During the entire 100 mile run, I sat down three times: once to change shoes, once to change shorts, and once to change socks. Otherwise I was standing while swapping out gear or replenishing food or water, and I would eat while I was walking or running. I saw other runners come into an aid station, pull up a chair, have some food, or just chat with the volunteers. At the start/finish area (which we passed through on each of the five loops), runners would have their feet up next to a heater, or be lying under blankets chatting with other runners.
I have to admit stopping by one of the aid station bonfires and enjoying some freshly made cheesy quesadillas, soup, hot chocolate, or pancakes sounded mighty tempting. But the poet Robert Frost was in my brain, “…the woods are lovely, dark and deep, but I have promises to keep, and miles to go before I sleep, and miles to go before I sleep.”
9. I Command My Body to OBEY! Please?
I am extremely fortunate to have a willing and capable body (although sometimes not so much a willing or capable mind). I can recall only three times when my body has failed me in the last 25 years of sports: when the plantar nerve in my right foot got inflamed, when I ignored the initial twist-crunch warning and ultimately blew out my left knee (ACL) during sand volleyball, and when I tried to run during the last loop of this race. I just couldn’t run any more. My mind was willing but my body was not. I would start to run only to have my heart rate soar, my quads burn, and my ankles and feet wobble on already unstable ground. I was plenty hydrated and had enough energy. I just couldn’t run. I even imagined an axe murderer (or more realistically a Louisiana alligator) jumping out from the swamps and chasing after me. I don’t think it would have mattered one bit. My body was down, but it was not out. I still had enough oomph to power walk with purpose and determination to the finish line. And in the subsequent days of limping across a room, needing the assistance of a railing to take the stairs, or allowing a few extra minutes to go to the bathroom simply because sitting or standing could NOT be rushed, it made me appreciate my fully functional and ache free body even more.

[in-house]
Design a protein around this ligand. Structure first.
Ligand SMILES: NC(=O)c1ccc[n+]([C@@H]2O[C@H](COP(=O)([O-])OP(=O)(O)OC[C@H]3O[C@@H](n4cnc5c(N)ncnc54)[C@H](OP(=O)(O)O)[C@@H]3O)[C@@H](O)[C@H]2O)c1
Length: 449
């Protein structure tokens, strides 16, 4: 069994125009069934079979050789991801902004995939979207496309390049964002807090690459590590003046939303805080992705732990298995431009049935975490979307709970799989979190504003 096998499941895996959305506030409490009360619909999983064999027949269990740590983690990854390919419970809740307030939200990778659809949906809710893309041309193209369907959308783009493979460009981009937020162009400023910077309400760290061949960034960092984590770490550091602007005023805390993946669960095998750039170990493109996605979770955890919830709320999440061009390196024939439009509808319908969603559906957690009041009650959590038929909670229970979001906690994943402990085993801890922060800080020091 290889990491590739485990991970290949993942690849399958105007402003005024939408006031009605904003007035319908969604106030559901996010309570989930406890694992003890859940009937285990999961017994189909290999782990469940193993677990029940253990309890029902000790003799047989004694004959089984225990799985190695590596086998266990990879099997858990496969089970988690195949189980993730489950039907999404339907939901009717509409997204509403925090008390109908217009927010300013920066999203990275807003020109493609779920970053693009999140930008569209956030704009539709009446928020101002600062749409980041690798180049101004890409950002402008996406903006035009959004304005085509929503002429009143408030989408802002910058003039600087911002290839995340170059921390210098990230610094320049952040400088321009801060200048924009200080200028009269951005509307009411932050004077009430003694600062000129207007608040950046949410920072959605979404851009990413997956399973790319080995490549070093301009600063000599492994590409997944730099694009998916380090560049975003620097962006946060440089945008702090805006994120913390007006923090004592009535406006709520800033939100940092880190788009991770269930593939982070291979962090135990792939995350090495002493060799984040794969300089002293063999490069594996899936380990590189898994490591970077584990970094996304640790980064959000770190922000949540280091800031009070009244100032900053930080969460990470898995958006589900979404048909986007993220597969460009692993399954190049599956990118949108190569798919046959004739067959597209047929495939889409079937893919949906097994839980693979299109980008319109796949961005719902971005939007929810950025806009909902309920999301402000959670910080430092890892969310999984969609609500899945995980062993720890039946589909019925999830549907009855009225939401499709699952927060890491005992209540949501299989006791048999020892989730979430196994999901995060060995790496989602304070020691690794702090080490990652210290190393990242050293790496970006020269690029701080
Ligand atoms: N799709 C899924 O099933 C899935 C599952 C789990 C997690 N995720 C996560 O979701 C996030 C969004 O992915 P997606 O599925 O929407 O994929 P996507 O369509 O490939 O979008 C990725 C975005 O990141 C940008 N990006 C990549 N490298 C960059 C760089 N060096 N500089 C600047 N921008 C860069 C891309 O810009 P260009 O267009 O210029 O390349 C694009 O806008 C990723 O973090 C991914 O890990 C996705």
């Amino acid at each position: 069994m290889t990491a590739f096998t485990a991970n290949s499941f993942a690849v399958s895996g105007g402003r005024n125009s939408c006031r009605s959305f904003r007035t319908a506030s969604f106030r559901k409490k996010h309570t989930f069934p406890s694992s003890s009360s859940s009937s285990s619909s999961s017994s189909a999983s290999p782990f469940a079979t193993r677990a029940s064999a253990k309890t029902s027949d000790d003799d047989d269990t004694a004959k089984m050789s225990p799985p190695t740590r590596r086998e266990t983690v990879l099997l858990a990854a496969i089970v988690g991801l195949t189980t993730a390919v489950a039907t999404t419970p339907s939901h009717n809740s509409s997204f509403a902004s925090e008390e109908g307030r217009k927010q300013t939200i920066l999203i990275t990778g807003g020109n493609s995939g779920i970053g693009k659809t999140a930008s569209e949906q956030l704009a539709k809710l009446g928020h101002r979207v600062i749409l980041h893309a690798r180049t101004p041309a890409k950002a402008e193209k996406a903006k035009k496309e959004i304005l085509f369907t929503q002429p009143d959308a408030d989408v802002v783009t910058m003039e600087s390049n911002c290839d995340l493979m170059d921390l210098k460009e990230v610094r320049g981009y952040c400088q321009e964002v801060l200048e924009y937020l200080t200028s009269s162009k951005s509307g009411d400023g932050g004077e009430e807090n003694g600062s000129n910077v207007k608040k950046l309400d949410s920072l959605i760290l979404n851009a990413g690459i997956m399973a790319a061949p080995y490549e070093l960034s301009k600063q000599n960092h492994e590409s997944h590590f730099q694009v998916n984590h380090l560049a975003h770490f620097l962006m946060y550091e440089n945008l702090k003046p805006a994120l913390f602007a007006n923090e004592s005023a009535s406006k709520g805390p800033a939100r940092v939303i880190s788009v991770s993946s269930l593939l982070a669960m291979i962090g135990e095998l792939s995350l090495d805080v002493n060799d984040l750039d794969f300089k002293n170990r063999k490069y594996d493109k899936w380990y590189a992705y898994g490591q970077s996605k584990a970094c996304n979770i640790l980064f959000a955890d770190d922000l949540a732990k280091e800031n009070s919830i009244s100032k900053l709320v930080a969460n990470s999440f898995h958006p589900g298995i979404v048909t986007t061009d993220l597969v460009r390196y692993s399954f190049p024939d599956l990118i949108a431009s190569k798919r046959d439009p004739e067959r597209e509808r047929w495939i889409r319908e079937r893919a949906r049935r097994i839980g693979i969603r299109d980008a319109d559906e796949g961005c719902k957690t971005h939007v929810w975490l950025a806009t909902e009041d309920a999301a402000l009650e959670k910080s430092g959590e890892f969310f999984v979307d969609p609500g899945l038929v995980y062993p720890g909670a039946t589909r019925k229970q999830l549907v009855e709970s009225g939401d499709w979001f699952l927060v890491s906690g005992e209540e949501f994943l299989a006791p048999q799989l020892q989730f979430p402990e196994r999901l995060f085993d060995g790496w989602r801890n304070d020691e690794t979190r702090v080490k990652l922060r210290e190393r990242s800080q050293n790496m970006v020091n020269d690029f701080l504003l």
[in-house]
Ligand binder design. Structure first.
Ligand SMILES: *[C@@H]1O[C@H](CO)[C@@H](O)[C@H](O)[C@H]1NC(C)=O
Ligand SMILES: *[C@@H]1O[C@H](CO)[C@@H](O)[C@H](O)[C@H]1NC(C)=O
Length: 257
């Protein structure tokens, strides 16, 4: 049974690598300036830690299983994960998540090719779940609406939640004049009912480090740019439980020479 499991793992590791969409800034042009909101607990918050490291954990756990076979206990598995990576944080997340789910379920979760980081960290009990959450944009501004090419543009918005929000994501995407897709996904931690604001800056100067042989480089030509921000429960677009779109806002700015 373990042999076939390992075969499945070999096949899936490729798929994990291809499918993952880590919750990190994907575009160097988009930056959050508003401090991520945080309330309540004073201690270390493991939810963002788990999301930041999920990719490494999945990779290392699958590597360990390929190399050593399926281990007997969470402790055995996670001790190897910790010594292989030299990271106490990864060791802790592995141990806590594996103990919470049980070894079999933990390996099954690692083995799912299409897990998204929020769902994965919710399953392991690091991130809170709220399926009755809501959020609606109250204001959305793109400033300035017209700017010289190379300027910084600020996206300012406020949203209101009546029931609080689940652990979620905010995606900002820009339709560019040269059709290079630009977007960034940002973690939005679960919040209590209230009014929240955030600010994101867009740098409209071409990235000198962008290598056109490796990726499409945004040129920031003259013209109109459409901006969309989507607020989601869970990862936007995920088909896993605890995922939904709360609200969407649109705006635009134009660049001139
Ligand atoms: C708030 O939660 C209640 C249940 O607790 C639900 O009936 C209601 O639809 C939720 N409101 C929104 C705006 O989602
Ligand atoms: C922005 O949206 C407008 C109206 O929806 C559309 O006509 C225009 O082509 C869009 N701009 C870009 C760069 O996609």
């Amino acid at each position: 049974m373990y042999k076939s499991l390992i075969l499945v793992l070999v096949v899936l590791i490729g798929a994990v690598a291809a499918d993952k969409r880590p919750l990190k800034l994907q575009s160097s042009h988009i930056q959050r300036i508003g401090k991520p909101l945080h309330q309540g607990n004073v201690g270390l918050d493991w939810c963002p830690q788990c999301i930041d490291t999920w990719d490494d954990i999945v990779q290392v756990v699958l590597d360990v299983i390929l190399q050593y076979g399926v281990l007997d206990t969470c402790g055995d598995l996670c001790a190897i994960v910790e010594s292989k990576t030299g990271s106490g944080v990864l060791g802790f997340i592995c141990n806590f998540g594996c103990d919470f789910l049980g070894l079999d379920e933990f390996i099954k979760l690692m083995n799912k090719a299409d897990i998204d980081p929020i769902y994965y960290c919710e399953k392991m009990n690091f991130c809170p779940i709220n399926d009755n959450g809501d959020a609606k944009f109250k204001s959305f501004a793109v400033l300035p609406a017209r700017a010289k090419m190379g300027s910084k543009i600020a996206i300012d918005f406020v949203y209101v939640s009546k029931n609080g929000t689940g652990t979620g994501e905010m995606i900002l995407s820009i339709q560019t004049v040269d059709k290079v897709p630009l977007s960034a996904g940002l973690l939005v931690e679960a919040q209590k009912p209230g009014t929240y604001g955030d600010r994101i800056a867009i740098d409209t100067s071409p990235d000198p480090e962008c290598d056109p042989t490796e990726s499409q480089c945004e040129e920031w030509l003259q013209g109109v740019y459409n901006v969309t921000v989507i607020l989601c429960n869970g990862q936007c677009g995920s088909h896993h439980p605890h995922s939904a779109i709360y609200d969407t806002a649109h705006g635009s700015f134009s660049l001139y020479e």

10. If You’re Not First, You’re Second (or Third, or Fourth, or…)
One of the things I love about trail running is that at any given time during a race, I really have no idea where I am relative to other runners. But I found myself in a unique position during this race. At the start of the third loop at mile 40, all runners reversed direction on the course. I suspect the race director thought our bodies and brains could use some novelty considering this was a five loop run. As I was heading out “against trail traffic” on my third loop, runners coming in to finish the second loop started saying to me, “Well done! First female runner!” Truthfully I enjoyed the attention but found it hard to manage my competitive side. I had no idea how much I was in the lead or if I could even hold it. I held the lead through loops three and four without really trying. It wasn’t the idea of beating the woman behind me – heck I didn’t even know where she was! It was the idea of finishing first.
At the start of loop five, the last loop at mile 80, I asked my husband, “Am I still first?” At this point I could barely run and the deepest form of fatigue I had ever felt was setting in. He smiled at me and firmly said, “That’s not why you’re here.” And just like that, my competitive self relinquished control over my brain. Shortly thereafter a woman and man passed us on the trail. She looked amazing and still moved like a gazelle. I smiled and thought, “Well done for her!” At 8:35am Sunday morning, I was slowly making my way up the short, paved path to the finish line. With tears forming in my eyes, Leary and I ran the last 50 feet and crossed the finish line together. The race director gave me a hug, handed me the coveted belt buckle and an award plaque for 2nd overall female. Finishing was the goal. Placing was the bonus.
– Susan Farago
(Photos courtesy Leary Walker and Forge Racing.)
Posted on 19 Jan 2015